Econ prof Hanson researches minimum wage policy for Wisconsin
November 25, 2014
In a Nov. 20, 2014, opinion piece in the Milwaukee Journal Sentinel, Associate Professor of Economics Dr. Andrew Hanson laid out his latest research project for the Wisconsin Policy Research Institute, which tackled a divisive topic in the state: whether to raise the minimum wage. In the paper, Hanson and collaborator Dr. Ike Brannon, president of Capital Policy Analytics in Washington, D.C., suggest that raising the minimum wage is not the most effective way to help Wisconsin’s working poor. Instead, their research favors improving the Earned Income Tax Credit.
Hanson and Brannon write:
The problem is that the minimum wage is a blunt instrument for helping the working poor. The United States does not have just one labor market; it has, essentially, thousands of different labor markets that vary wildly across the country. The average hourly wage in Milwaukee or Wausau is on an altogether different plane than in New York City. What might produce a modest boost in pay for low-income workers in Manhattan would create not a little unemployment in Wausau.
A better way to help low-income workers, we suggest in our report, is via the Earned Income Tax Credit (EITC), which lessens the tax burden for working Americans. The EITC kicks in a percentage of low-wage worker earnings in the form of a tax reduction or, if tax liability is zero, a subsidy. This policy, unlike the minimum wage, actually works toward creating employment opportunities for low-income individuals as the government shares the cost of their employment with companies.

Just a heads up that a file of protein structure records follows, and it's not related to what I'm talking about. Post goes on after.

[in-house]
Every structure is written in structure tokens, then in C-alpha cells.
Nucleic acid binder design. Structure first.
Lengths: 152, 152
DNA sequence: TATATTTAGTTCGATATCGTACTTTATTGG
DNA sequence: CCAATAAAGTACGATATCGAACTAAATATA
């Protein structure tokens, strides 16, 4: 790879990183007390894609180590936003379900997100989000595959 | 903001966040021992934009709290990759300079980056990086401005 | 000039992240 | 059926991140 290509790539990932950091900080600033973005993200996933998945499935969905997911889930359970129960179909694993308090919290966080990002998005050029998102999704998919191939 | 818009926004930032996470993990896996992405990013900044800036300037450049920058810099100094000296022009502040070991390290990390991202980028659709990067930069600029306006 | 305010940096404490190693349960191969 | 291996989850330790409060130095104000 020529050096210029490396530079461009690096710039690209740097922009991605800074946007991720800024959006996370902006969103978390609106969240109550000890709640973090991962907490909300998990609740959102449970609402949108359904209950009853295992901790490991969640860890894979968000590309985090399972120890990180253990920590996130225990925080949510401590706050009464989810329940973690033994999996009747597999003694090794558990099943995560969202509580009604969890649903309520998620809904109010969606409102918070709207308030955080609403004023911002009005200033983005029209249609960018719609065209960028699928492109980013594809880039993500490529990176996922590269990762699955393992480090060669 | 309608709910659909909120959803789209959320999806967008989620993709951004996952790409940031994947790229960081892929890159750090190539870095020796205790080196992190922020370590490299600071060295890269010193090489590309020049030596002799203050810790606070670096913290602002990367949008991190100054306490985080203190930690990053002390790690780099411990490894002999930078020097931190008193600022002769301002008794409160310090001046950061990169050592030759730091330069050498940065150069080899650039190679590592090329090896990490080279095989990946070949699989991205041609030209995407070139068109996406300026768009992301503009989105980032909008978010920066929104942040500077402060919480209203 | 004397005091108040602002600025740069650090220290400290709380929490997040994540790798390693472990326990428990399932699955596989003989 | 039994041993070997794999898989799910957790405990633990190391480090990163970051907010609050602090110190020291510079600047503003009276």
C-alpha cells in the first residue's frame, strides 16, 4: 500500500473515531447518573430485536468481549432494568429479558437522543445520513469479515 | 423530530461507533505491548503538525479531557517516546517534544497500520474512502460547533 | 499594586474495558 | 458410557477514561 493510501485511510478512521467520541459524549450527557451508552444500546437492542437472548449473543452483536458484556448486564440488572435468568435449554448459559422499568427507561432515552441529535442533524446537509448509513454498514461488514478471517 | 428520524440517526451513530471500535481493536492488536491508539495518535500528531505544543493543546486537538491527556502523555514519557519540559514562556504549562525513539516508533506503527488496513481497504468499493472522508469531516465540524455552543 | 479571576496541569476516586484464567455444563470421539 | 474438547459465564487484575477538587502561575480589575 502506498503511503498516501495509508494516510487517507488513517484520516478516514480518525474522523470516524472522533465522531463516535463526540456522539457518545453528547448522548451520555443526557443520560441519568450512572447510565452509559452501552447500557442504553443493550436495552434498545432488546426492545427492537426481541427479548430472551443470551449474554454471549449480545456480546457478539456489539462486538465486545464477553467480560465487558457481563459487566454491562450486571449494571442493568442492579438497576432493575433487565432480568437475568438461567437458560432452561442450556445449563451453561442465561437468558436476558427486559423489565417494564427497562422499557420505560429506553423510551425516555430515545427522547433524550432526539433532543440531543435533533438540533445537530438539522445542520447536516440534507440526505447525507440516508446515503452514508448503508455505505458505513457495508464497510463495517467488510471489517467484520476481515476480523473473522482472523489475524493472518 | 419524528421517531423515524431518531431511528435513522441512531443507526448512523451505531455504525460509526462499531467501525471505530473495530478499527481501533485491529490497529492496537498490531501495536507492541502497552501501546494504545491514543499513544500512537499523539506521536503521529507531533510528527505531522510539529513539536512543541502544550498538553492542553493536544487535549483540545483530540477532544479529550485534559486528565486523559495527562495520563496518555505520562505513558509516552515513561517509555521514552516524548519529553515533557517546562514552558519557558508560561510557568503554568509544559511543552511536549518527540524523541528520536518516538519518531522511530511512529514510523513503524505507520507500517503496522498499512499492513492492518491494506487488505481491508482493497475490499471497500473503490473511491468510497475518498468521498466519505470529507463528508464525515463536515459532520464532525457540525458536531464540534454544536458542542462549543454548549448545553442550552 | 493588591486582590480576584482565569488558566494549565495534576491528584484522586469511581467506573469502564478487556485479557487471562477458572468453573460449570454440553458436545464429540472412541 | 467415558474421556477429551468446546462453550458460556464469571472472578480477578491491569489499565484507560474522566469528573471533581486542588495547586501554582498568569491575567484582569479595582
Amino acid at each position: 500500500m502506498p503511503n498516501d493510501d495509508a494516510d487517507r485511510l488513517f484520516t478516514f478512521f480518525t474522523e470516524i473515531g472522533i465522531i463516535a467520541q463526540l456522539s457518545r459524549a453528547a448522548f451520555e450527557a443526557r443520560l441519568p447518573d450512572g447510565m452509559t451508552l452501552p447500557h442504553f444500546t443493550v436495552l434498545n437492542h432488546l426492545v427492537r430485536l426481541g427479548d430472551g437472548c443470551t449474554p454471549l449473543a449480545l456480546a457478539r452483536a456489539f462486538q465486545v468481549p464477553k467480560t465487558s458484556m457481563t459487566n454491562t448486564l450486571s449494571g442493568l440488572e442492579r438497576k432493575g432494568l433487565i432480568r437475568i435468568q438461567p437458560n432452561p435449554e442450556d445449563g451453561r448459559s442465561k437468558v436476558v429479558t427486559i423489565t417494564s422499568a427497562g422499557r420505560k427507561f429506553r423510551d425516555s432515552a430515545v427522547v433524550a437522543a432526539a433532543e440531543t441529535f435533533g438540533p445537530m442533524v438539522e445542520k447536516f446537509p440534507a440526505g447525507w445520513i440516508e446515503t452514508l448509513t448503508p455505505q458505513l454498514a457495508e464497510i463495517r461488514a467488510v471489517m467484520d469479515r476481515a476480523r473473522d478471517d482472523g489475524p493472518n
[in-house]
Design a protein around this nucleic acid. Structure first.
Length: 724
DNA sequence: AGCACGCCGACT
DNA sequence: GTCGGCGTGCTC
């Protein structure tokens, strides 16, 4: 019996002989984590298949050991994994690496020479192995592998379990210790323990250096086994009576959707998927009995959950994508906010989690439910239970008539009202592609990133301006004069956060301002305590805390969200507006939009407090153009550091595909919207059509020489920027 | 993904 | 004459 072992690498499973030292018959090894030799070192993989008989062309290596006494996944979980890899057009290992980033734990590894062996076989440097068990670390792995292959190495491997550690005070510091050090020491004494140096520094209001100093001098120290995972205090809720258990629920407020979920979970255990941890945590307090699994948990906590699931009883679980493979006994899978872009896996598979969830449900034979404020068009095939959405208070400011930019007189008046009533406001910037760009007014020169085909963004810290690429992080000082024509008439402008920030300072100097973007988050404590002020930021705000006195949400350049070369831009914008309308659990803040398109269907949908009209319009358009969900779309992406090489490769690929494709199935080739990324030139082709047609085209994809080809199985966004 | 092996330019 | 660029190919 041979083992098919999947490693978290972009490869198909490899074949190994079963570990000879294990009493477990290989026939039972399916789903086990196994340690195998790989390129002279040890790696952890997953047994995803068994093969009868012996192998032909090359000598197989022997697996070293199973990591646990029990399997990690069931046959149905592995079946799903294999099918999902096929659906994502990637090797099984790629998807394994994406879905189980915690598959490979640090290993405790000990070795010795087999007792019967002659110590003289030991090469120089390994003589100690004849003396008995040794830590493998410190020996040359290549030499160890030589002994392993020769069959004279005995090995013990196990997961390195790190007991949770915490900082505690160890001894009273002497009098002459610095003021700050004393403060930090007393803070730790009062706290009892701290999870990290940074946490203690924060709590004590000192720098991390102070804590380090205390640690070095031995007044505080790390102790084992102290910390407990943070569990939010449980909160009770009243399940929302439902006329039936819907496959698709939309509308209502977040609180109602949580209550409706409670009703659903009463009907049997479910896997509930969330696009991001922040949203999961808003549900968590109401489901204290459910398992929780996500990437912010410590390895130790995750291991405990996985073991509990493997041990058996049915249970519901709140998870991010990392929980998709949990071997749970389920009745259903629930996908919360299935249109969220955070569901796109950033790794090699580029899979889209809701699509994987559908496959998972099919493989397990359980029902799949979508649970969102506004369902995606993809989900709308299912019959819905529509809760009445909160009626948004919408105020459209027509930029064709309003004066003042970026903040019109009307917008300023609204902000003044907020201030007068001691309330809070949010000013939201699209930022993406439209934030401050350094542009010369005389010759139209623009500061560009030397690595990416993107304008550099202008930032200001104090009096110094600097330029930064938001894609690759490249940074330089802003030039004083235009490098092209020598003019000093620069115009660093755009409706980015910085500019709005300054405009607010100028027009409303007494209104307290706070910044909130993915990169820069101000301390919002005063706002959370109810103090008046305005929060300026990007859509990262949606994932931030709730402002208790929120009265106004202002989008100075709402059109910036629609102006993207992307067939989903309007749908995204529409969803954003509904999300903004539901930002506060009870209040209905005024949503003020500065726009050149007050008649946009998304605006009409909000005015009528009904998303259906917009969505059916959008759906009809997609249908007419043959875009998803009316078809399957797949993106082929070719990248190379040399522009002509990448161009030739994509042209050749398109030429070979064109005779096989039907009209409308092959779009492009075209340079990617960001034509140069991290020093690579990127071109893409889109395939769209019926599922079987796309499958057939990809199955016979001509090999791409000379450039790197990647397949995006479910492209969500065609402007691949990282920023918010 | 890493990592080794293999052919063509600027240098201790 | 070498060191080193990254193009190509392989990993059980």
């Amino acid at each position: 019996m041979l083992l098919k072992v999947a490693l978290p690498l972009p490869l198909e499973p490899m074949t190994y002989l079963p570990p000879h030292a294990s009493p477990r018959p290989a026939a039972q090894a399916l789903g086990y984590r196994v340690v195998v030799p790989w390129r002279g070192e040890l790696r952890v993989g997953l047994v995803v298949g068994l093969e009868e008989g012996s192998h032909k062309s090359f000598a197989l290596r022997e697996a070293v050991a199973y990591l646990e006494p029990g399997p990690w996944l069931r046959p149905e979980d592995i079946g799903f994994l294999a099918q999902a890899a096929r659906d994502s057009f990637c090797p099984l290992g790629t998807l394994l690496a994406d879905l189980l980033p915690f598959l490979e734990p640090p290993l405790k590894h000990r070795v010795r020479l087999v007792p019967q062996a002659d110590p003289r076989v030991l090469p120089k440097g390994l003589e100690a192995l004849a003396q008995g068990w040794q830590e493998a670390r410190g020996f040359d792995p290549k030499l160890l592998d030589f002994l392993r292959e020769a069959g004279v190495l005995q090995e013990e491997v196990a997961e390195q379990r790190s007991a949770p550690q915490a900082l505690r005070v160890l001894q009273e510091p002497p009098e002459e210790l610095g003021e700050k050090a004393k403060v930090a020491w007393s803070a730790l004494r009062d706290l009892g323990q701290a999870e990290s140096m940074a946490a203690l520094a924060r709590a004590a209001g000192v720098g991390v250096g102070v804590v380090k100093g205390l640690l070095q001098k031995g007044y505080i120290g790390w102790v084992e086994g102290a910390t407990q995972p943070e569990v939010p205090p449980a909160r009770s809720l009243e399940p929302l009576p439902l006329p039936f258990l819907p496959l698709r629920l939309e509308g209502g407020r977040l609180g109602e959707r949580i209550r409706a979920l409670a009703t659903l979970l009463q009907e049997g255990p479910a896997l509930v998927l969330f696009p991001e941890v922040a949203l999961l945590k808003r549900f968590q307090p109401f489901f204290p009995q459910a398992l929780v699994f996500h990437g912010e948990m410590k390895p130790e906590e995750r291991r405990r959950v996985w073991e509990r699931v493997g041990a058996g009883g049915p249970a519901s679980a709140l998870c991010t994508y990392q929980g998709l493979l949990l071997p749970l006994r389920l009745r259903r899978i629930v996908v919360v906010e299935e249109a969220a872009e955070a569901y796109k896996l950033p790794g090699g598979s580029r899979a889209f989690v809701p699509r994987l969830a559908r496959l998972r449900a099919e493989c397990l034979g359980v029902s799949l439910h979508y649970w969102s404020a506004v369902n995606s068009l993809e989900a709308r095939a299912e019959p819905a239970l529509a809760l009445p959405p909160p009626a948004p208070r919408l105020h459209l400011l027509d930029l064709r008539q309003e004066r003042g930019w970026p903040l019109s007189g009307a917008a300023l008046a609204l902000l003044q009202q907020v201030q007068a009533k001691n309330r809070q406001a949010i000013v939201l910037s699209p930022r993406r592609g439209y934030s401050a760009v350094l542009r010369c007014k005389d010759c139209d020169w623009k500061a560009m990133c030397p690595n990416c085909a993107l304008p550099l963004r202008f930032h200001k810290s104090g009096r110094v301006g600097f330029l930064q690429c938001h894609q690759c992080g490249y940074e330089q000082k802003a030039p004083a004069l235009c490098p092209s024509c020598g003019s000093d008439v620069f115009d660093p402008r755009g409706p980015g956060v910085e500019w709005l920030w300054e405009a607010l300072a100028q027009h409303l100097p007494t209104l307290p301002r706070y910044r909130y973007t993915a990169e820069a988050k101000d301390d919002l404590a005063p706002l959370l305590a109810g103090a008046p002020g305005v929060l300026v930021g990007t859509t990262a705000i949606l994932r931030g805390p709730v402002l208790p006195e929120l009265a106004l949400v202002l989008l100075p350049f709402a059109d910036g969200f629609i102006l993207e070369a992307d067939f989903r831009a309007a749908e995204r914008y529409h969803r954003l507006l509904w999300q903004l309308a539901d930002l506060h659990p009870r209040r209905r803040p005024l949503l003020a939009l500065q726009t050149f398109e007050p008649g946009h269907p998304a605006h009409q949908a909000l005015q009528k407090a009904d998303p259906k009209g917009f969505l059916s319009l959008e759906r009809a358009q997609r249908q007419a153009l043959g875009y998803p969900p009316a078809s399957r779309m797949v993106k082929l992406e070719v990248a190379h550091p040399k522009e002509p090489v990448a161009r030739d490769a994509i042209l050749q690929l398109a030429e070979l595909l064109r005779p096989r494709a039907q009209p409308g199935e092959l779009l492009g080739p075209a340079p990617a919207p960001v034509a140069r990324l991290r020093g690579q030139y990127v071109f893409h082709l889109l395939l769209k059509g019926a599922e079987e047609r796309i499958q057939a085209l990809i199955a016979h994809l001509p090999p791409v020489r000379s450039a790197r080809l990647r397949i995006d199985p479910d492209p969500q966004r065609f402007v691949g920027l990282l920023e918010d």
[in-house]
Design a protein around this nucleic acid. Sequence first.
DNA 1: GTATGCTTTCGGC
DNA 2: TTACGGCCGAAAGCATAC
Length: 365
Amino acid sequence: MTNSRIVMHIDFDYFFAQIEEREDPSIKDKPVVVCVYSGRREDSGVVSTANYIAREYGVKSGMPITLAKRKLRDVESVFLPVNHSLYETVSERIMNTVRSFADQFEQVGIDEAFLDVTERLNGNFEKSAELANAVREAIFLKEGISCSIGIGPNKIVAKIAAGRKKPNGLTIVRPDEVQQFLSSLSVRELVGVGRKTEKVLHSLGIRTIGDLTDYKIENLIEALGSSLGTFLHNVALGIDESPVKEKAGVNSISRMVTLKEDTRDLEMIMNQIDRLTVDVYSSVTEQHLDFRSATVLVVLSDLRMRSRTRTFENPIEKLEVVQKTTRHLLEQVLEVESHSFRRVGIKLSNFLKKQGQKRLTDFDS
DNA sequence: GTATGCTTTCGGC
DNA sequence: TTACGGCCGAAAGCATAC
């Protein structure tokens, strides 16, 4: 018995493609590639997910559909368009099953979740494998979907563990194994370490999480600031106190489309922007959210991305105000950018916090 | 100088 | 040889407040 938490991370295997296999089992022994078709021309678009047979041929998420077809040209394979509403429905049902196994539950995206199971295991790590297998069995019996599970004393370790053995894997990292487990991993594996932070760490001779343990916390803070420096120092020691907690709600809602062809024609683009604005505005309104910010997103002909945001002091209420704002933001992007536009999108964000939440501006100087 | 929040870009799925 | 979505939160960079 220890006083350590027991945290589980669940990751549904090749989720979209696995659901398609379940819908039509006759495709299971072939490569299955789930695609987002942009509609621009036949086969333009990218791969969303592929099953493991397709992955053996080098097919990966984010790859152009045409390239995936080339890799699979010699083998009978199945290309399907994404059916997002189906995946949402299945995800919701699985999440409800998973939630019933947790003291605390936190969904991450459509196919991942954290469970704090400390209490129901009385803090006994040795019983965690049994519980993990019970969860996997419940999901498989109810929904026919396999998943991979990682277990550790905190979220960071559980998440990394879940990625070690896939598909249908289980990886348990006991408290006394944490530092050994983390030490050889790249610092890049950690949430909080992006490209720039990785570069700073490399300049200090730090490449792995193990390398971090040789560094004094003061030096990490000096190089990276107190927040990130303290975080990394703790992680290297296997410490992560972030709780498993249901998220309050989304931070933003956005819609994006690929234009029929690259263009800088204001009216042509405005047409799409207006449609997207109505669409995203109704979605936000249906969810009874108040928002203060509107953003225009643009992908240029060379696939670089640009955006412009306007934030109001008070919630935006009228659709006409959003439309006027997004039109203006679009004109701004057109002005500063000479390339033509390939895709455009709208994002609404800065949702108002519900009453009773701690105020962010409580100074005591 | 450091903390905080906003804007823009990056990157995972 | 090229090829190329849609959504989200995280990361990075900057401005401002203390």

Raising the state's minimum wage may be politically expedient, but it's no panacea: Many low-wage workers in Wisconsin are young and just starting to find their way in the workforce. Making it more difficult for these people to get and keep jobs invariably will hurt them later in their careers, when they are trying to establish a career that pays enough to support a family.
There is no free lunch: A minimum wage will increase the wages of low-income workers but at the cost of higher unemployment among other low-income workers. An enhanced EITC boosts low-income wages as well and, though it would come at a cost, actually expands job opportunities.